We hereby invite abstracts for our conference on human-animal relations in the Near East, taking place 22-23 March 2019 at the McDonald Institute for Archaeological Research in Cambridge.
Abstracts should be max. 300 words for 20 minute papers.
Please send abstracts to Laerke Recht (firstname.lastname@example.org) or Augusta McMahon (email@example.com) by 30 November 2018.
Fierce lions, angry mice and fat-tailed sheep: Animal encounters in the ancient Near East
The theme of this conference is the relationships between humans and the environment, with particular focus on interactions with other animals. Animals have always been an integral part of human existence; in the ancient Near East, this is evident in the record of excavated assemblages of faunal remains, iconography and texts. Domesticated animals had great impact on social, political and economic structures – for example cattle in agriculture and diet, or donkeys and horses in transport, trade and war. Fantastic mythological beasts such as lion-headed eagles or lamassu were part of religious beliefs and myths, while exotic creatures such as lions were part of elite symbolling from the 4th millennium BC onward. In some cases, animals also intruded on human lives in unwanted ways by scavenging or entering the household; this especially applies to small or wild animals.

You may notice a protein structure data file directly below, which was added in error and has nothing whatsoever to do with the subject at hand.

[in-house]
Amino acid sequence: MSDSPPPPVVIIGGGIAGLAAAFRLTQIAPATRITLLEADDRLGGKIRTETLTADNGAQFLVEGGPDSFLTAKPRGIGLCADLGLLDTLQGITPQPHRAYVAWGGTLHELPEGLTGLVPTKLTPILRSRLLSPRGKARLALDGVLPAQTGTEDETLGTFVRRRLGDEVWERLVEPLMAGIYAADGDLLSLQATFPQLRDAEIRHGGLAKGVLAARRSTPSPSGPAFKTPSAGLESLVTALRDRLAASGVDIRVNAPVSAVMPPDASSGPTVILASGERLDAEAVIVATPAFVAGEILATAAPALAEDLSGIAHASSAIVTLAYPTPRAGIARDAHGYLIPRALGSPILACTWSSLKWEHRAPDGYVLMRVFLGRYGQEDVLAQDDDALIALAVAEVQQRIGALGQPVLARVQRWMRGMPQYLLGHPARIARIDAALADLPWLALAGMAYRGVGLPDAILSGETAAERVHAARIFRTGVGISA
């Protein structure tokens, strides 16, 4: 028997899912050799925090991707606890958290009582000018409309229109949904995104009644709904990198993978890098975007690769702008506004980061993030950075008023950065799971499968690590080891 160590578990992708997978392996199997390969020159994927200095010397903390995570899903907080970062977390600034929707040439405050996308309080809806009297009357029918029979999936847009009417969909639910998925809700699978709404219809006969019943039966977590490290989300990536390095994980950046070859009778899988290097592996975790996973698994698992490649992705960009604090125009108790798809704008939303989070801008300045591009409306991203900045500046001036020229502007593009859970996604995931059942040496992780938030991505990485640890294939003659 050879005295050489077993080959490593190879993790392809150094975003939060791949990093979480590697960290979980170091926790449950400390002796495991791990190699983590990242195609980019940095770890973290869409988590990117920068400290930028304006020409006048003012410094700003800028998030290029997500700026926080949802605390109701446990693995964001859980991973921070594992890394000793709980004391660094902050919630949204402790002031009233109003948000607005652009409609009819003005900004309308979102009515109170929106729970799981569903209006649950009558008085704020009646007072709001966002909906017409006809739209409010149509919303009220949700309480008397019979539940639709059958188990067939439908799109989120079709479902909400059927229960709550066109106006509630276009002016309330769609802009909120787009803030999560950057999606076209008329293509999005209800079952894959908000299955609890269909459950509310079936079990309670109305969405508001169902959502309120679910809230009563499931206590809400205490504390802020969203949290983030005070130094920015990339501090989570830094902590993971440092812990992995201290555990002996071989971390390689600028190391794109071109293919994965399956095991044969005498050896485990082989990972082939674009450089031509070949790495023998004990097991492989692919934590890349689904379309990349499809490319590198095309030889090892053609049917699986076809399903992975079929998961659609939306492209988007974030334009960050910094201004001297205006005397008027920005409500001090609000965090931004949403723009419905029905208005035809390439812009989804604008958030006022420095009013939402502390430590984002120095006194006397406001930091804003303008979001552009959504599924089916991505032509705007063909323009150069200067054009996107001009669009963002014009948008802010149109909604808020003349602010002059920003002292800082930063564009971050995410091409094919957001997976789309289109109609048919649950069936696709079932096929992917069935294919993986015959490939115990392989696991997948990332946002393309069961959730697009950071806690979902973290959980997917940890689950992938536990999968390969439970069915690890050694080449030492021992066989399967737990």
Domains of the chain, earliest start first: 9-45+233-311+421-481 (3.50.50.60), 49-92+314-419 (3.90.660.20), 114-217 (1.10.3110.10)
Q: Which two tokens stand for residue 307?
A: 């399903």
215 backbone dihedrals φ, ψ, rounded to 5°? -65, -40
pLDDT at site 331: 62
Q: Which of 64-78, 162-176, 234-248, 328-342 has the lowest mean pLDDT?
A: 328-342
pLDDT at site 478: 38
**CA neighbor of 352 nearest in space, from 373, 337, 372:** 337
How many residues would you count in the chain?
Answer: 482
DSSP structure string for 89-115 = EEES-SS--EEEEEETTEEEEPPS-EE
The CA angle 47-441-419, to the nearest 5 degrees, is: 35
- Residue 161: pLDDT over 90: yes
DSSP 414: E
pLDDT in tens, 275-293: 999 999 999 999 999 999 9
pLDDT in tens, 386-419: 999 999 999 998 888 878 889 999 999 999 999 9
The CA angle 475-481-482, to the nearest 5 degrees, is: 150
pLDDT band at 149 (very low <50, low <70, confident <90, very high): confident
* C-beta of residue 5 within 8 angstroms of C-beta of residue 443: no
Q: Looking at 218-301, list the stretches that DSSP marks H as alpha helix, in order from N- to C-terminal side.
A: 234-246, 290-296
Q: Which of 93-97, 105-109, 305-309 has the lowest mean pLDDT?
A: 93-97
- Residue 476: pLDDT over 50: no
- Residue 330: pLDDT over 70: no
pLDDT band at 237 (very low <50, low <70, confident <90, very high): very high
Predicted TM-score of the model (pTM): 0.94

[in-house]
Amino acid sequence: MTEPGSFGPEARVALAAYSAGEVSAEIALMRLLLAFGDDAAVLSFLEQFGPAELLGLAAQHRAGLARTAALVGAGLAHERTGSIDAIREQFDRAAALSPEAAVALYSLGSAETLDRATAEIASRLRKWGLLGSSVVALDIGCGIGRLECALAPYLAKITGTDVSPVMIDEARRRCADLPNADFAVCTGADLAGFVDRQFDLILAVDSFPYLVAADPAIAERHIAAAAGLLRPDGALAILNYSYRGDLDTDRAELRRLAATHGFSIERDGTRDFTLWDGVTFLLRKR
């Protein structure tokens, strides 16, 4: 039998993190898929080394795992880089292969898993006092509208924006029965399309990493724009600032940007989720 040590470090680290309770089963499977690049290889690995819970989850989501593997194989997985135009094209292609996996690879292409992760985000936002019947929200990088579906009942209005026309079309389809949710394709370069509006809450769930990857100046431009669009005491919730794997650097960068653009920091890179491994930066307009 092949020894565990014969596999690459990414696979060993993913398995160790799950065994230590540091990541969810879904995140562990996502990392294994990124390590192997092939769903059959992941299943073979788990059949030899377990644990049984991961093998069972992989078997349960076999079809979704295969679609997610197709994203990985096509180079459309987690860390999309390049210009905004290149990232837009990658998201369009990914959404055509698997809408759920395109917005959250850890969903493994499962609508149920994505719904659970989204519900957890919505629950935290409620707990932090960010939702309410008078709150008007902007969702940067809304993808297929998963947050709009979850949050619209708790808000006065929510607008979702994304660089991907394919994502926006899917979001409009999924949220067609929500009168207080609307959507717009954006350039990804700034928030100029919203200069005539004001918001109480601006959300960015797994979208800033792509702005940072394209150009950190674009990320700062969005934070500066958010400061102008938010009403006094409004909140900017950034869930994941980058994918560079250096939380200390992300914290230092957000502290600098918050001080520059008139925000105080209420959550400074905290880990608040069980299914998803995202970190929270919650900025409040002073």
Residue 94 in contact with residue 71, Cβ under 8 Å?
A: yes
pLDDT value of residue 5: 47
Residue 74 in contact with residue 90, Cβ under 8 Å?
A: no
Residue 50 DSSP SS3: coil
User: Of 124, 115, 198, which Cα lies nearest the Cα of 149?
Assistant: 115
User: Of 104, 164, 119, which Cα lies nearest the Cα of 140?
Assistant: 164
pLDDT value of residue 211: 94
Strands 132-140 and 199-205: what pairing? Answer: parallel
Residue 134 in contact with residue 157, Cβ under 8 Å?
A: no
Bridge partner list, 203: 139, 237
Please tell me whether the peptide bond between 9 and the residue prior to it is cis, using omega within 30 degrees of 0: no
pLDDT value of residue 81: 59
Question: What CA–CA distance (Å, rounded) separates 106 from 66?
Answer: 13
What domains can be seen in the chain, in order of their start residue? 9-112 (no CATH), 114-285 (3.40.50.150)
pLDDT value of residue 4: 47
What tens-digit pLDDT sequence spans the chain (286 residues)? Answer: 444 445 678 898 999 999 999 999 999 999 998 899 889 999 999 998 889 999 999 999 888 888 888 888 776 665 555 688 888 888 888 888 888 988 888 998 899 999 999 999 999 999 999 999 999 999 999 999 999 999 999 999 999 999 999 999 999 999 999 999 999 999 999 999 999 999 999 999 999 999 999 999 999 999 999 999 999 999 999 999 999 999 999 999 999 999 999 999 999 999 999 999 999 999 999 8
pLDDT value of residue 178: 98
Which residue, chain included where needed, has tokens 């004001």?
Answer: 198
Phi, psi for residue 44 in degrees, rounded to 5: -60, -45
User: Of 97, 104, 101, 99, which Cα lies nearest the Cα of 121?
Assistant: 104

The aim of this conference is to have a broad representation of these varied relationships, including large and small, wild and domesticated animals, and the many ways in which they connect with human lives. The core regional and temporal focus will be Mesopotamia from the 4th through 1st millennia BC. The basis for presentations can be texts, iconography or faunal analysis, and interdisciplinary approaches are especially encouraged.